The life of Christ got an excessively long treatment (260 minutes, later trimmed to 195) in this 1965 film directed by George Stevens (The Diary of Anne Frank). Max von Sydow does beautiful work as Jesus--his spontaneous mourning at discovering his friend Lazarus has died is not like anything in other New Testament epics--and Stevens renders the familiar tale with a handsome authenticity. But the project is nearly undone by an unwise gimmick in which seemingly half of Hollywood's living stars at the time make brief cameo appearances, some of which are ridiculous (who can forget the sight of John Wayne as a Roman Centurion solemnly intoning, "Truly he was the son of Gaaad"?). But there is a lot to like in the film, and Von Sydow's sensitive nobility sticks in the memory. --Tom Keogh
Blackly comic psychodrama from director Robert Altman starring screen legends Bette Davis and Joan Crawford. Jane Hudson (Davis) found fame as child star 'Baby Jane', only to be eclipsed by her sister Blanche (Crawford) when the latter became a Hollywood glamour girl in the 1930s. Blanche's career was brought to an abrupt end by an accident for which Jane was seemingly responsible. Now the two ageing sisters live together in their Hollywood mansion, attended by their maid, Elvira (Maidie Norm...
This stunning box set features 3 of the finest movies to feature the 'First Lady of Film' Bette Davis. All About Eve (1950): It's all about women.... and their men! From the moment she glimpses her idol at the stage door Eve Horrington (Anne Baxter) moves relentlessly towards her goal: taking the reins of power from the great actress Margo Channing (Bette Davies). The cunning Eve manoeuvres her way into Margo's Broadway role becomes a sensation and even causes turmoil in
The bizarre world you met in 'Planet of the Apes' was only the beginning... What lies beneath may be the end! The second installment in the Planet Of The Apes series. Here an earthling sent to find the astronauts of the original film discovers not only a world of intelligent talking apes but an underground cult of grotesque ""humans"" who are the survivors of a nuclear blast years ago. Unfortunately these mutants worship a nuclear bomb a weapon which not only is the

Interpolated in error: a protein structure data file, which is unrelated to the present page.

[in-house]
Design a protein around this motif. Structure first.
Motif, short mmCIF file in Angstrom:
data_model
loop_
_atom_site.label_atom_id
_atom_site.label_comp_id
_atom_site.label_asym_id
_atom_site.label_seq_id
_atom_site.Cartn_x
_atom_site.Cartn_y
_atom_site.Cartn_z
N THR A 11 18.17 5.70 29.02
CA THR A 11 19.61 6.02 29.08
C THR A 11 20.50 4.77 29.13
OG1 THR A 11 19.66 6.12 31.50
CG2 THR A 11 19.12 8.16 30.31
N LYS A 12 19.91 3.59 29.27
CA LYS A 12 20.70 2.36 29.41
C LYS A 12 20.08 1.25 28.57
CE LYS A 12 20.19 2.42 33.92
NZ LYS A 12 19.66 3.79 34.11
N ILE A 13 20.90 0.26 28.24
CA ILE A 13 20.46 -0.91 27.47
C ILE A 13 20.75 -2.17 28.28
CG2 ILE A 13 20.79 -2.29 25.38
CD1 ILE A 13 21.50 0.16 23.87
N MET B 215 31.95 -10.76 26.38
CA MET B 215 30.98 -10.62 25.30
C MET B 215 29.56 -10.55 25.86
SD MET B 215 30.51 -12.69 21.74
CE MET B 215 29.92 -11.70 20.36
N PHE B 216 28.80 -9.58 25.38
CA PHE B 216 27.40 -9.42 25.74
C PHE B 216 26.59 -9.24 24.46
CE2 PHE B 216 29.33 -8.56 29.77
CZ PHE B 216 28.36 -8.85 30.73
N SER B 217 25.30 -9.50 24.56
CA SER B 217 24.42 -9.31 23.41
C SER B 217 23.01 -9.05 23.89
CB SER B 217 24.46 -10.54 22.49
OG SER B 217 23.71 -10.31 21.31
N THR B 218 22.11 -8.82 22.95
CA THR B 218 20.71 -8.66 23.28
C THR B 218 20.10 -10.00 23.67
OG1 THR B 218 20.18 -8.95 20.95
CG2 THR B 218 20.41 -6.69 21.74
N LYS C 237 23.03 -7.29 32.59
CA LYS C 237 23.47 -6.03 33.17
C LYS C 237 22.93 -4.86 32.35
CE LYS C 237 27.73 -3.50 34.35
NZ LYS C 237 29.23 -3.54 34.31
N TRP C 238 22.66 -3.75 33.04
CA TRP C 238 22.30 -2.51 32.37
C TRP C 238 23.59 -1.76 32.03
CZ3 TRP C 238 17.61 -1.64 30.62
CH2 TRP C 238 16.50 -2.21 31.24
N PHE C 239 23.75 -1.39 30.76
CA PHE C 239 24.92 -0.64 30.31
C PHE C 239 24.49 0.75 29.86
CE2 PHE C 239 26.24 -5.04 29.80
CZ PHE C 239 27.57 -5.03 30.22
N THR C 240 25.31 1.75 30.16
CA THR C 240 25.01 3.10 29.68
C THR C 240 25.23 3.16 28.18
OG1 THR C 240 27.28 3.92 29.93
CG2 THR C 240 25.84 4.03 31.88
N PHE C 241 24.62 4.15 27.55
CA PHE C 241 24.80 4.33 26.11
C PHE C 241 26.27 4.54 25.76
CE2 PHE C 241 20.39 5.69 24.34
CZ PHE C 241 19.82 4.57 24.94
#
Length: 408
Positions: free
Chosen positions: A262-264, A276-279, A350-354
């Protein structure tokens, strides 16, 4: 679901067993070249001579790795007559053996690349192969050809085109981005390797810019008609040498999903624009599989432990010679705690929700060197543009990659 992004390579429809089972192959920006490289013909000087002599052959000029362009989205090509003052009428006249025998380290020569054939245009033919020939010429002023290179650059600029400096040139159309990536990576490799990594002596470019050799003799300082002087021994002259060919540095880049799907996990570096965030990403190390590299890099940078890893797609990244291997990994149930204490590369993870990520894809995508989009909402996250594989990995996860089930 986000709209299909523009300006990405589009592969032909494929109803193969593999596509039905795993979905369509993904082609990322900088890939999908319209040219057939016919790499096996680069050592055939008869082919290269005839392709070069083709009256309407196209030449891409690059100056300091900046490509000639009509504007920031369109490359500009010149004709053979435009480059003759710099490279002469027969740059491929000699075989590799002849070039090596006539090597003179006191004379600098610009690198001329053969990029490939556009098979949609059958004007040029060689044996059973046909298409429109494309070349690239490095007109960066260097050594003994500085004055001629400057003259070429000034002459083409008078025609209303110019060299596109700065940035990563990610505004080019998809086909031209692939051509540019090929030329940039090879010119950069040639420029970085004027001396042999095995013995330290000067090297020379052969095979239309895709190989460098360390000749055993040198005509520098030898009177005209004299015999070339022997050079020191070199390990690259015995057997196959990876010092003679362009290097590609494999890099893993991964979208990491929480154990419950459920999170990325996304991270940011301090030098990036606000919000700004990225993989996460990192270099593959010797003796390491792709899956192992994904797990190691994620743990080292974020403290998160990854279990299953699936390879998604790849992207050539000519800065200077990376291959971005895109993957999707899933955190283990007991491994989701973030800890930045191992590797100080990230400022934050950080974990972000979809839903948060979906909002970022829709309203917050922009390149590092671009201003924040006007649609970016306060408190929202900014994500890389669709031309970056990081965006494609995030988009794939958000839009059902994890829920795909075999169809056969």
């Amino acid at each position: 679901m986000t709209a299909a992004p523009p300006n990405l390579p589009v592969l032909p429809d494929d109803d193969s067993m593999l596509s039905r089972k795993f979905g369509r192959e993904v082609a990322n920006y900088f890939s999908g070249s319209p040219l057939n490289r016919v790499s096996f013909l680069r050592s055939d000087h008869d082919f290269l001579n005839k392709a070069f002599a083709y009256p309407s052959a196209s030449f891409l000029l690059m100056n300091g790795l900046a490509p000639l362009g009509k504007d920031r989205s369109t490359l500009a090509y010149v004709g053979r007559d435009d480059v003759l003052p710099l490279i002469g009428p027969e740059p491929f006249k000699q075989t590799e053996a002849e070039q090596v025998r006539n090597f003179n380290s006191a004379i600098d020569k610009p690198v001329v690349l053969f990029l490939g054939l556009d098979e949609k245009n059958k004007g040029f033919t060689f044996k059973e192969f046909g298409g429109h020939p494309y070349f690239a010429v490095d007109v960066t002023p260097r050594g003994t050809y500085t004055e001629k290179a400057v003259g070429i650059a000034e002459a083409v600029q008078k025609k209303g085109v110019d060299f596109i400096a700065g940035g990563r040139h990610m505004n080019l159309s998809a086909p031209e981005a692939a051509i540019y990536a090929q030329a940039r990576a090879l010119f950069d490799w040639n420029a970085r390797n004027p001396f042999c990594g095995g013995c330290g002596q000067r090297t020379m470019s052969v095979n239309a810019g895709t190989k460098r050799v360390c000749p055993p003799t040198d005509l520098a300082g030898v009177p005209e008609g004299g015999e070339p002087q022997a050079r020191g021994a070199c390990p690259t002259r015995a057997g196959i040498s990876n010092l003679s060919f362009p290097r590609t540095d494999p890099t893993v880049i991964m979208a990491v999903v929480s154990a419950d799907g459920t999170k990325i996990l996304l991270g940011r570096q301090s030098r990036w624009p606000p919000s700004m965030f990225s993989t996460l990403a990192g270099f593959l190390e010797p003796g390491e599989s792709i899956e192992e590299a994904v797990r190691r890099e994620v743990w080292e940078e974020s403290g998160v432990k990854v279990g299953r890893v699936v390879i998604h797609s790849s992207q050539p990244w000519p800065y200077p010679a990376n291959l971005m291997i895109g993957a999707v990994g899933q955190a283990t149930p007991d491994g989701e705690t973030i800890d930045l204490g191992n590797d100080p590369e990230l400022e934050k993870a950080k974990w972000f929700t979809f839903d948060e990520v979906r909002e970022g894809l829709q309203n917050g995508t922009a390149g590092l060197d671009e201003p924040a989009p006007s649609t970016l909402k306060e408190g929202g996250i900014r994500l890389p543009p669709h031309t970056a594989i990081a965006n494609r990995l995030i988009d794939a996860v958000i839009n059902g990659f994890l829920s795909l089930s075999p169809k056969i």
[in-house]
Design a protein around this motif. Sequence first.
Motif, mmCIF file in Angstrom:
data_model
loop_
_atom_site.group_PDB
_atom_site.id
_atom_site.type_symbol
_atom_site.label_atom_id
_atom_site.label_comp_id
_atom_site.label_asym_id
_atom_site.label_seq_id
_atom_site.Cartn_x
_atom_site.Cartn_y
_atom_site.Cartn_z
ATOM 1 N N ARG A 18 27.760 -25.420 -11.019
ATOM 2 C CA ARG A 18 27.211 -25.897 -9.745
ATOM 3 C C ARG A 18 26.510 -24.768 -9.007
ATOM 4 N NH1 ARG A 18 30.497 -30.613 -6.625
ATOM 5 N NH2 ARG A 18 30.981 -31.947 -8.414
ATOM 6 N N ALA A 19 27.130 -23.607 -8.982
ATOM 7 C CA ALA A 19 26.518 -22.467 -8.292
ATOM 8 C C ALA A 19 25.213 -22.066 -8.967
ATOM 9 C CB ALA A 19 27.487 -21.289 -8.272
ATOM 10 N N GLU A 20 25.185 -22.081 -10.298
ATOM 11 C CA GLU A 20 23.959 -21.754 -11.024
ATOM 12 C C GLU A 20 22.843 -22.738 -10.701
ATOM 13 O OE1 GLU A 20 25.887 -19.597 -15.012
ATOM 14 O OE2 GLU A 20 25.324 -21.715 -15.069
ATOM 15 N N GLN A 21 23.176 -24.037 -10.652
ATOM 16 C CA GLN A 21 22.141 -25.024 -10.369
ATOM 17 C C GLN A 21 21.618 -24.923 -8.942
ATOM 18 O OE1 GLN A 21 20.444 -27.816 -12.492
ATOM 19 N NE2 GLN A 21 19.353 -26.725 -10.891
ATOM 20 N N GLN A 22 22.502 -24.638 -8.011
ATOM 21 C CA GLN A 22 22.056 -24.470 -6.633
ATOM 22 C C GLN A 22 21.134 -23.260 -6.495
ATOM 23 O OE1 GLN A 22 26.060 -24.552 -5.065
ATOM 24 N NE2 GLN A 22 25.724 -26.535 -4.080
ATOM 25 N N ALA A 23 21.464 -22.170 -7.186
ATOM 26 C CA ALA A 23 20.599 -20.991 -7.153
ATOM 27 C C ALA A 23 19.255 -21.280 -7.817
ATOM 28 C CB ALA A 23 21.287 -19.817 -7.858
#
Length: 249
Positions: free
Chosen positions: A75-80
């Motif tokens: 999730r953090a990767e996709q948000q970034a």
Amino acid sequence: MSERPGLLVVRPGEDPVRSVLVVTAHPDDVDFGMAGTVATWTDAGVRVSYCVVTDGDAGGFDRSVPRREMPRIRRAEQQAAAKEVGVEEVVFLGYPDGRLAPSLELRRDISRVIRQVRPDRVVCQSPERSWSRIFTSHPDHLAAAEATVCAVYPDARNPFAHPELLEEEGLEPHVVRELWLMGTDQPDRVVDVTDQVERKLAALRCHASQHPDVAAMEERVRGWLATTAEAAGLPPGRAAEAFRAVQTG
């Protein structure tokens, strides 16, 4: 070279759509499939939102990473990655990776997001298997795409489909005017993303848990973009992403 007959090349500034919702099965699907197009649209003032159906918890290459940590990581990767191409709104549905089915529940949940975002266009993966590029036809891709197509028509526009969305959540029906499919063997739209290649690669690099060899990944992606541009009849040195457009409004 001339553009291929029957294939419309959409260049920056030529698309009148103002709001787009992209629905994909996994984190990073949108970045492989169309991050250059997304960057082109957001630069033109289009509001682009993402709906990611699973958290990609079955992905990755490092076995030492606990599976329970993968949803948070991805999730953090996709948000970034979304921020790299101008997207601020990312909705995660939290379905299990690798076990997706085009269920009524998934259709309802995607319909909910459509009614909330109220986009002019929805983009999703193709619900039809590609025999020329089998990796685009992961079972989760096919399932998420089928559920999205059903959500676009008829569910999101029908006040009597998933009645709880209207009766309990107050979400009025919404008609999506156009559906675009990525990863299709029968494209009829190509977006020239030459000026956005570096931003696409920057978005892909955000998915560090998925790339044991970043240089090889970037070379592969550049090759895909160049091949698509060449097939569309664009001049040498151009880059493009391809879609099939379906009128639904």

Charlotte Hollis (Bette Davis) has been closeted in her mansion a deteriorating Southern plantation since the grisly murder of her married lover many years earlier. When the country wants to tear down the house to build a highway the spinster's relatives and friends appear to rally behind her but each slowly preys on her mind until the gruesome rumorus of the last forty years appear to be coming true... On hand are cousin Miriam (Olivia de Havilland) Dr. Drew Bayliss (Joseph Cott
Cat Stevens and Hutch Bessy are back for one last round of blazing Western action. This time the pair find themselves riding across the plains and encountering gunfighters (who they try to avoid) and easy frontier women (who they don't).
Apart from its obvious Sweeney Todd influence this Italian production released by Harry Novak (which is also known as The Stranger Of Vienna and Meat Is Meat) exudes a strong Grand Guignol flavour thanks mainly to its ghoulish subject matter and the use of cheap bargain basement theatrical sets.
There's schlock-horror movie-making par excellence from producer Dick Randall in this Something Weird Collection 1 twofer. Meat Is Meat (1971) finds mad butcher Otto Lehman back in the Viennese community doing what he does best. With its Sweeney Todd overtones this is not for the faint of stomach, but those who enjoy seeing nagging wives and creepy sidekicks transformed into sausages will lap up accordingly. Victor Buono is perfect casting as Lehman, with Brad Harris stylish as the bored American journalist who rumbles his activities and Karen Field looking good as the housekeeper next door. Frankenstein's Castle of Freaks (1973) is less OTT than the title suggests. Rossano Brazzi (earlier of South Pacific!) is a thoughtful Count Frankenstein, while Michael Dunn is seriously unlikable as necrophile dwarf Genz. As anthropologist-cum-sex kitten Krista, Christiane Royce brings a welcome sophistication to this gloss on the hoary Karloff classic, whose opening "location" sequence and standard of dubbing has to be seen to be believed. On the DVD: The Something Weird Collection 1 DVD presentation is of the no-frills variety usual with Siren releases. With decent remastering at 1.33:1 aspect ratio the lurid colour of both films comes through unadulterated. An added attraction is the poster gallery of low-budget shockers with mildly psychedelic soundtrack to boot. It's good, if not so clean fun for all the family. --Richard Whitehouse
Freelance pilot Harry Black (Vic Morrow) finds both the Monte Carlo police and the underworld hot on his trail when he becomes caught up in the plans of one of his passengers - to break the Bank of England using forged currency. The tension mounts as Harry struggles to find the plates used to forge the notes and thus prove his innocence....
Sister sister oh so fair why is there blood all over your hair? The film that paired two of the greatest screen-actresses not only lived up to its promise but provided years of Hollywood gossip at the expense of the two warring stars! Baby Jane (Davis) was a child star. When she grows up she is forgotten by the public. Instead her sister Blanche (Crawford) becomes famous as a Hollywood actress overshadowing her sister who is increasingly bitter. After a mysterious car ac
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